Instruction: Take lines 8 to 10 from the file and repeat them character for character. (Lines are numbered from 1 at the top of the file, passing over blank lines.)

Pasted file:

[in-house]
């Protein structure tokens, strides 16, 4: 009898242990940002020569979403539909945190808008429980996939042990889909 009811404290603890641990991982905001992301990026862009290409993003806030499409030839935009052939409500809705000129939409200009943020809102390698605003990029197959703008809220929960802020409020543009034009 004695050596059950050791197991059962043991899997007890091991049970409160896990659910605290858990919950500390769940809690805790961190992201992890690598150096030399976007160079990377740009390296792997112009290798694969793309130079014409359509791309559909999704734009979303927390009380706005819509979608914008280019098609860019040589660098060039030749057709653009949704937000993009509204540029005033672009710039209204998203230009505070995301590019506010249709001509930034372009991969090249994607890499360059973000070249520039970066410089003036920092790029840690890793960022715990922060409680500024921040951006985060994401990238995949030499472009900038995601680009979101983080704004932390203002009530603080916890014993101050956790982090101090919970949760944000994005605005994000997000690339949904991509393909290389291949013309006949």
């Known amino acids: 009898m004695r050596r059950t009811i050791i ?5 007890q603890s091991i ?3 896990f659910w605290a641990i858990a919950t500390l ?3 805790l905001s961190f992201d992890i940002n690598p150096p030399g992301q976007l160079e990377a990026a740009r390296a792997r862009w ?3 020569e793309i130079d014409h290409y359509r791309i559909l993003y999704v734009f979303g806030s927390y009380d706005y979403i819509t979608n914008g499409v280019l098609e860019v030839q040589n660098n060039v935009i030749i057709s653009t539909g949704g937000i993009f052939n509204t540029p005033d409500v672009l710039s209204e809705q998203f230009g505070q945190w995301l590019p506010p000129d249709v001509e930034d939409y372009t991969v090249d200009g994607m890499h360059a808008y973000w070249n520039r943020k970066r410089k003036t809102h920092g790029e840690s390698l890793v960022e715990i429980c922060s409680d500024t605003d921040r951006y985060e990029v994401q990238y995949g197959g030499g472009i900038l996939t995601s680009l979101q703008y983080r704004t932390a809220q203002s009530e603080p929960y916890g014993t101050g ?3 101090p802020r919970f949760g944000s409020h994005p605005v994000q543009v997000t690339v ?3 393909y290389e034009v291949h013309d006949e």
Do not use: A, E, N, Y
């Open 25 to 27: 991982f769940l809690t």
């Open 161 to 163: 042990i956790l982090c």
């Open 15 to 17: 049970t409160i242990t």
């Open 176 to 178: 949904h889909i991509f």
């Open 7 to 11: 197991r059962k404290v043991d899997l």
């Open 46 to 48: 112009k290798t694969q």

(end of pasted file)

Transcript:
């Open 176 to 178: 949904h889909i991509f």
């Open 7 to 11: 197991r059962k404290v043991d899997l």
């Open 46 to 48: 112009k290798t694969q």